Is the Third Time a Charm or Did Blueprint 3 Bomb?
An editorial by Steve 'Flash' Juon
I've been getting feedback all week long on Jesal Padania's review of "The Blueprint 3" and I think it's finally time I speak on it and give my own two cents. Keep in mind this is not a correction of Jay Soul's review nor is it a revision of said review - this is just my own editorial thoughts on how BP3 compares to Jay's legacy of great albums over the last decade and a half.
First things first, let's examine the fact Jay-Z chose to title this album "The Blueprint 3." It's been almost seven full years since "The Blueprint 2: The Gift & the Curse" was released. In the interim Jay retired from rap, took over Def Jam, UNRETIRED from rap and left his position as CEO of Def Jam - not precisely in that chronological order but you get the gist. Few rappers can be said to have had more success with less focus as one can hardly begin to guess what Shawn Carter will do before he's already done it, changed his mind and done something else. Despite that turmoil he's kept on hitting us with classics like "The Black Album" and "American Gangster," proving that even as he neared his 40's he was still a relevant force in hip-hop and a pop culture icon to boot.
With so much history between now and then it seems strange to go back to The Blueprint series. The first volume suffered from tragically bad timing on its release date, but still managed to go down as a memorable and well regarded Jay-Z album. The unexpected sequel was ambitious, but at two discs long was a bit bloated. It may have been better for Mr. Carter to not go that route, but by choosing the name "The Blueprint 3" he had something to prove to his critics - he's still the archetype for all other rappers who want to follow the road to riches and diamond rings. When you're the self-proclaimed King of New York, the best rapper alive, and 40 is the new 30, why not put yourself on top by reminding everyone you've already done it twice before?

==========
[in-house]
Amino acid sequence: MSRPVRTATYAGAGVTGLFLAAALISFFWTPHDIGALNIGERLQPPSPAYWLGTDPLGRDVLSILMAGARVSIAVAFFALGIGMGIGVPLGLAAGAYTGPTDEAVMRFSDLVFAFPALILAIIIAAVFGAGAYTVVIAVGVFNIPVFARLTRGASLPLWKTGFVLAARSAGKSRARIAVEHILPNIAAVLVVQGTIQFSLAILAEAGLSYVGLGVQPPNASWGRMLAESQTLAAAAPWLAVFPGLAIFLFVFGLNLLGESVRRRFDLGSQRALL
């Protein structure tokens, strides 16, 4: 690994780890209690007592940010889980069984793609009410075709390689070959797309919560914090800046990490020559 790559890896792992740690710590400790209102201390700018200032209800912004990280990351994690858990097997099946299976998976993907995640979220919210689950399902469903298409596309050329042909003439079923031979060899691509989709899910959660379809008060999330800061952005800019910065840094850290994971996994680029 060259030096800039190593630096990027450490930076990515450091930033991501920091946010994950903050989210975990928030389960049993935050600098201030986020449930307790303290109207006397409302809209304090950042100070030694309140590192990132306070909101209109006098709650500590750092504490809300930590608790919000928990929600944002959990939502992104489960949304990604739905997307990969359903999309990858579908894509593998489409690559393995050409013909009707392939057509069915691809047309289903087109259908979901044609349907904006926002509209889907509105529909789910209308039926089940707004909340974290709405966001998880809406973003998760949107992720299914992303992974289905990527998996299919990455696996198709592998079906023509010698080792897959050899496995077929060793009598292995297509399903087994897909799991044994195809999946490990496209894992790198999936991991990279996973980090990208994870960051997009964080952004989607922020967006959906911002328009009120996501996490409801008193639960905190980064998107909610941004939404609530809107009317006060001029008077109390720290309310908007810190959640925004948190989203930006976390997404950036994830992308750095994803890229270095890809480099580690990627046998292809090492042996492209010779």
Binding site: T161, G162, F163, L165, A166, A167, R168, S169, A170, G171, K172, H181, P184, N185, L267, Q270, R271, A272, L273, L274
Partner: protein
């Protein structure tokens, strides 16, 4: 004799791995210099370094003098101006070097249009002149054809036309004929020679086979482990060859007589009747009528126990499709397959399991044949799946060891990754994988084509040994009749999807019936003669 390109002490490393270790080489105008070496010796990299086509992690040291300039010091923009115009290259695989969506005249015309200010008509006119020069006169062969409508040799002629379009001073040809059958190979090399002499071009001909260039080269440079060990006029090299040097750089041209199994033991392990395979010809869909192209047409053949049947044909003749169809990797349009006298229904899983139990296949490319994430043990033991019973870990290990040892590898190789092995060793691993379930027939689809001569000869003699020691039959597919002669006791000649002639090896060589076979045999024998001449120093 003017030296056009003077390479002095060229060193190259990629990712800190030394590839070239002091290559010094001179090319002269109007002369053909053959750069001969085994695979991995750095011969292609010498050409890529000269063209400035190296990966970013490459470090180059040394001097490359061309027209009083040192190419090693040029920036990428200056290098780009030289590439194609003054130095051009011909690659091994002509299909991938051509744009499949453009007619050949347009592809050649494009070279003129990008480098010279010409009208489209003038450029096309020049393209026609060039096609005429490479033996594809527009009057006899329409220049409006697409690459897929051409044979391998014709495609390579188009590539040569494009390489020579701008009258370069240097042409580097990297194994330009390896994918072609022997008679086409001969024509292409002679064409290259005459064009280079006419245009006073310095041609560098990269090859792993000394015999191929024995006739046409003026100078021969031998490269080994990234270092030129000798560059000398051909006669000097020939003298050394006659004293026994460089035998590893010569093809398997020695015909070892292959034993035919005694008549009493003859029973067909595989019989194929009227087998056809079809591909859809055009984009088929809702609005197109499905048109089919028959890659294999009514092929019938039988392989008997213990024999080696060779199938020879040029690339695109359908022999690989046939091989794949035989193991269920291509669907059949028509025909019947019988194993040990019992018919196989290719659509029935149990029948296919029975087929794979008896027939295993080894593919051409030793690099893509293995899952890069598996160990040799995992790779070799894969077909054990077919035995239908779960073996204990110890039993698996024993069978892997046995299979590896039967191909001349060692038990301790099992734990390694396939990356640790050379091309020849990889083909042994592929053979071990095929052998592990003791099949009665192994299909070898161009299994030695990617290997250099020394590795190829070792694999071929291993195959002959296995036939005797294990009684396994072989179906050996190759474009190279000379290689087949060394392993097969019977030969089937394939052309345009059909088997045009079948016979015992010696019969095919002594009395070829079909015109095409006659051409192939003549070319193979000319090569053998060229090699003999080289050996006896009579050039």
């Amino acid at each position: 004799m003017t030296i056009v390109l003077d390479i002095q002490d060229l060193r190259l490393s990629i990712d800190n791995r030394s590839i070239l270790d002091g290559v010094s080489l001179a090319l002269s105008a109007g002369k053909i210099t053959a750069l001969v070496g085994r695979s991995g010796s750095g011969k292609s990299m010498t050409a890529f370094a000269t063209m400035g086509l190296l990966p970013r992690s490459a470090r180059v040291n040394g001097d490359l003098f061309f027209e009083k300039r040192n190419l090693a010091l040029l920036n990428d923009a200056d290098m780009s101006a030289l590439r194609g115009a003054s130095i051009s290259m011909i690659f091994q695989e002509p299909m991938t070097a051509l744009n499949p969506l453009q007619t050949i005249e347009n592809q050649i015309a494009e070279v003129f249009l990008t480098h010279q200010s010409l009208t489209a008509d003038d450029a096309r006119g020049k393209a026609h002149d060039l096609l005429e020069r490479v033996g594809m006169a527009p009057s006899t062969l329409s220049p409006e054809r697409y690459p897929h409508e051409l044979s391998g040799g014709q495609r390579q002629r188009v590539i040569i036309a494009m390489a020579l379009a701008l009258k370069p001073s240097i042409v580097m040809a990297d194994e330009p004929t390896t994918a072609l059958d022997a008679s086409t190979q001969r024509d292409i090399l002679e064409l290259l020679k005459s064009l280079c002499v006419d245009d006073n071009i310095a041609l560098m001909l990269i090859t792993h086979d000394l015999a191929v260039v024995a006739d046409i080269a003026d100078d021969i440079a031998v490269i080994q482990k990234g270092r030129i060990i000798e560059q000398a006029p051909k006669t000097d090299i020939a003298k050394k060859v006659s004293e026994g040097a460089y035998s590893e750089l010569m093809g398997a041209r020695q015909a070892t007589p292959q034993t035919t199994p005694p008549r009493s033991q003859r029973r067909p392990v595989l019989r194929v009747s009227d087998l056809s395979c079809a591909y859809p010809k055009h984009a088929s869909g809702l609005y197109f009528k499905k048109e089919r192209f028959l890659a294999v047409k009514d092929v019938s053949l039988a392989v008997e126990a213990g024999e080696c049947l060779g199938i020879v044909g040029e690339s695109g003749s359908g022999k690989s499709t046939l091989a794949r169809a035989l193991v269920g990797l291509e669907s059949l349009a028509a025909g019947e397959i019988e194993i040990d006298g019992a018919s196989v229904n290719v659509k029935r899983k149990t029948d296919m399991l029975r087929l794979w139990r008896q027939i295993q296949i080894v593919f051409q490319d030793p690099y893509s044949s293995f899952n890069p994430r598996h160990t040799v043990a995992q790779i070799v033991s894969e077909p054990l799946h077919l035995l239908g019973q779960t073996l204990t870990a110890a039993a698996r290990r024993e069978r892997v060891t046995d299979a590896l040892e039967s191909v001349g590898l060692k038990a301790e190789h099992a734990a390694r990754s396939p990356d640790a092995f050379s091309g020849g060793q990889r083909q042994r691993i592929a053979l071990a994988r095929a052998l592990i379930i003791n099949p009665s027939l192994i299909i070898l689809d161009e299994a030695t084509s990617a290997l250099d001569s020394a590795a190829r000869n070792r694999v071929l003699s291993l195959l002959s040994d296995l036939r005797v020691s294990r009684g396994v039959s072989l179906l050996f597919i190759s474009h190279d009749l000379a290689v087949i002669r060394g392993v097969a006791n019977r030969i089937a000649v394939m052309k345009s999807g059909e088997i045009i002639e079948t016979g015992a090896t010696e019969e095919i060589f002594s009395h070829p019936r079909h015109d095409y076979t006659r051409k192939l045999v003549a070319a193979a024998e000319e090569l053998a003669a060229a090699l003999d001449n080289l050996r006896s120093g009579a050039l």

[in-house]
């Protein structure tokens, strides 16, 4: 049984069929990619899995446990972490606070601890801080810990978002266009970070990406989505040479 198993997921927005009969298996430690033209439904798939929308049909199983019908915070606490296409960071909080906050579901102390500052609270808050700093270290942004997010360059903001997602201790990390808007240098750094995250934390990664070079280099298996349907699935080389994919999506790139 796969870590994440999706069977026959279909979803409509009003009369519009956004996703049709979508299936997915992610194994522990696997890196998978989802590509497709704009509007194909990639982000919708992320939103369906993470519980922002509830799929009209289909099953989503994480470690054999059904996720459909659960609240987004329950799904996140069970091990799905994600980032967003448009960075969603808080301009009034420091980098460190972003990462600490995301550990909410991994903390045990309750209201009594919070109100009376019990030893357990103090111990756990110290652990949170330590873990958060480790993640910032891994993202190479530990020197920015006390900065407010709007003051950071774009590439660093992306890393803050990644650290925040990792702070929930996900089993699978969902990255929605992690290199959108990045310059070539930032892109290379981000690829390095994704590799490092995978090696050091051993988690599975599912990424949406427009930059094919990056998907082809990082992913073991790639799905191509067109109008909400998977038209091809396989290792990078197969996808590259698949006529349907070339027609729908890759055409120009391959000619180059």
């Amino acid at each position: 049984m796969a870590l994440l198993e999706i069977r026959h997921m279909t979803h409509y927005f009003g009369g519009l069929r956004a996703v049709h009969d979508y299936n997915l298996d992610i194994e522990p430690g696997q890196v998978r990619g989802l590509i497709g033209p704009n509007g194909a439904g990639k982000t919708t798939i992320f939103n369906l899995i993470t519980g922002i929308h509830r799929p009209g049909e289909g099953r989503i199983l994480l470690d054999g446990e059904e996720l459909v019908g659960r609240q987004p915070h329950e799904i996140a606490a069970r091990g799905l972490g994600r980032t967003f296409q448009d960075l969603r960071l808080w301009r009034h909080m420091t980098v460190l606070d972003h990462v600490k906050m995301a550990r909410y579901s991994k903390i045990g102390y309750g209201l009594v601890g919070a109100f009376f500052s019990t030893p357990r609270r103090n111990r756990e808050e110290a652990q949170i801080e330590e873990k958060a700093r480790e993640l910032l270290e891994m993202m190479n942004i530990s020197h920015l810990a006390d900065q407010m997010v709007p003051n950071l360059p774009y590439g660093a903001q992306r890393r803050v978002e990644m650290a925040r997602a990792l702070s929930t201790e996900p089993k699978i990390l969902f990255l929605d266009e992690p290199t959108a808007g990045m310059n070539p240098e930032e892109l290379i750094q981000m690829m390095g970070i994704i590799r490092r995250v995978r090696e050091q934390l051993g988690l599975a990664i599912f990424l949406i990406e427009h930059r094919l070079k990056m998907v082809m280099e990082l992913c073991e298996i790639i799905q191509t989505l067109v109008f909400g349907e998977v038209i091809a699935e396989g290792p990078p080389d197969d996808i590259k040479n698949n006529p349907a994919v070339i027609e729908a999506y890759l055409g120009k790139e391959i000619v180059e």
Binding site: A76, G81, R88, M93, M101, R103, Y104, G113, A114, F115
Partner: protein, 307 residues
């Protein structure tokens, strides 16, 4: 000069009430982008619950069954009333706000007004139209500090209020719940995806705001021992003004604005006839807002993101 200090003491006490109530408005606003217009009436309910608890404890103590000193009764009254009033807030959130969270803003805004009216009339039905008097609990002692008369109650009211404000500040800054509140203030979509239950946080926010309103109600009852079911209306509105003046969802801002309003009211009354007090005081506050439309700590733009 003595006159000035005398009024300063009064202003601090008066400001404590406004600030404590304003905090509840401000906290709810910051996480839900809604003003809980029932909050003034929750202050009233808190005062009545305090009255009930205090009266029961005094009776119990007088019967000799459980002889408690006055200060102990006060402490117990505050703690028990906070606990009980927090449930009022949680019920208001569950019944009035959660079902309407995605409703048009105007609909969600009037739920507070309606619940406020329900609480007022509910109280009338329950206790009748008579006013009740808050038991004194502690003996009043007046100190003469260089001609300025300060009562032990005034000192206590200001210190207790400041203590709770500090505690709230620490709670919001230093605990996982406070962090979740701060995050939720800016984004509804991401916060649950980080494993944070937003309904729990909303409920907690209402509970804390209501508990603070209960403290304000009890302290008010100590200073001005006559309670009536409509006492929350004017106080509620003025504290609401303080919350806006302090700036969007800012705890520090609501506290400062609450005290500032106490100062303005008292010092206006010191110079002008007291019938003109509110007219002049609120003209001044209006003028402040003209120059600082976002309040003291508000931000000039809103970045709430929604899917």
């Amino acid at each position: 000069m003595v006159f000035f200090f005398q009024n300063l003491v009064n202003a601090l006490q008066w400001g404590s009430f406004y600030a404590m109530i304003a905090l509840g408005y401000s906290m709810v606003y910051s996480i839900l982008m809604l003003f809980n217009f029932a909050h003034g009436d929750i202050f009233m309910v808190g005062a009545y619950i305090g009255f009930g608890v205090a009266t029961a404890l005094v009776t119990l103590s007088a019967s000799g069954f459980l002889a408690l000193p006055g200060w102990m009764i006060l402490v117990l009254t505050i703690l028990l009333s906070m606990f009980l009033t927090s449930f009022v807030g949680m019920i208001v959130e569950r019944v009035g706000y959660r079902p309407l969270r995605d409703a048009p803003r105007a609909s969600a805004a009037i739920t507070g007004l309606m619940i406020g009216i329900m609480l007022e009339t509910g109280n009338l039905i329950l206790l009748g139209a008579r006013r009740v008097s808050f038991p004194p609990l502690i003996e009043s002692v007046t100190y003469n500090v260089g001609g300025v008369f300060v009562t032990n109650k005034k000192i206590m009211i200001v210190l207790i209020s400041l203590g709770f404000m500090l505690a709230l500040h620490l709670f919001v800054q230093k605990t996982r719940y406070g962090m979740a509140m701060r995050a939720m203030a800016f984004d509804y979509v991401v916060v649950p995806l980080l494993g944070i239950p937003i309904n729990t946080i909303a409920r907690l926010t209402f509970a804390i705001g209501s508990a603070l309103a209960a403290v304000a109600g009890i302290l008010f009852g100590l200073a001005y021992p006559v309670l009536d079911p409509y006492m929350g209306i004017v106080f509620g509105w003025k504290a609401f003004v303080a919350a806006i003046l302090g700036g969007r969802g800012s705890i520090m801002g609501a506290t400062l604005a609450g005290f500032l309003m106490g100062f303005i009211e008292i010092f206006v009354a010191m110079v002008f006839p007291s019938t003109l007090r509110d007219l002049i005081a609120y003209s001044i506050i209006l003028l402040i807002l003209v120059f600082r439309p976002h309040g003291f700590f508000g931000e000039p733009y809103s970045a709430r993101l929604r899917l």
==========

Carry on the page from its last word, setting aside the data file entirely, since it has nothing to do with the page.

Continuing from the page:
The problem is that history shows us that sequels are not always better than the original. Sylvester Stallone keeps getting older, and "Rocky" movies may continue to be entertaining, but they're not as good as the original nor are they as relevant to the mainstream. 40 is not the new 30 - 40 is still 40. Far from being a knock on Shawn Carter, I applaud his middle-aged hip-hop hustle. Rap music has grown up and blown up over the last 30 years, and now more than ever we should be embracing the artists and pioneers who have shown longevity instead of being flash-in-the-pan hip-hop acts. They are quite literally the blueprint for the future of the music and the culture - from Afrika Bambaataa to KRS-One to Grandmaster Flash to Ice-T to LL Cool J and so on. Furthermore as veterans go, Jay still has as much swagger as he did 15 years back if not far moreso. He's even challenging today's current rappers to be more creative and not just rely on gimmicks like Autotune to go gold, a challenge I hope more artists accept. Note that he's not saying NO ONE should use Autotune, just that everyone shouldn't ABUSE Autotune. That's a key distinction a lot of people were missing when Jay declared Autotune "D.O.A."
In the end though Jay's mistake is that naming his album "The Blueprint 3" automatically encouraged listeners and critics alike to compare his new work to things he did almost a decade ago. While BP3 is far from a terrible album, I can certainly understand where Jay Soul is coming from when the album is measured up to the rest of Jay's catalogue. There are at least a few songs on the album where Jigga seems to be phoning in it and resting on the laurels I've spent most of this editorial outlining, and there are at least a few beats that don't stand up to the dozens of classic songs he's had in this century alone. I've been asked many times this week how I would have scored the album if I had written the review and my simple answer is 7/10 across the board, because it's a good Jay-Z album, but it is FAR from the best album Jay has ever done - and it's not even better than the bloated BP2. At a time when the likes of Raekwon and Slaughterhouse are releasing potential albums of the year, Jay not only suffers by comparison to his own past, he suffers by comparison to his contemporaries in the present. This is far from reason for Jay to go BACK into retirement though. "The Blueprint 3" is still worth buying whether you're a long-time Jay-Z fan or a hip-hop head in general, but even at 40 it's clear that Shawn Carter is capable of much more than what this album offered.
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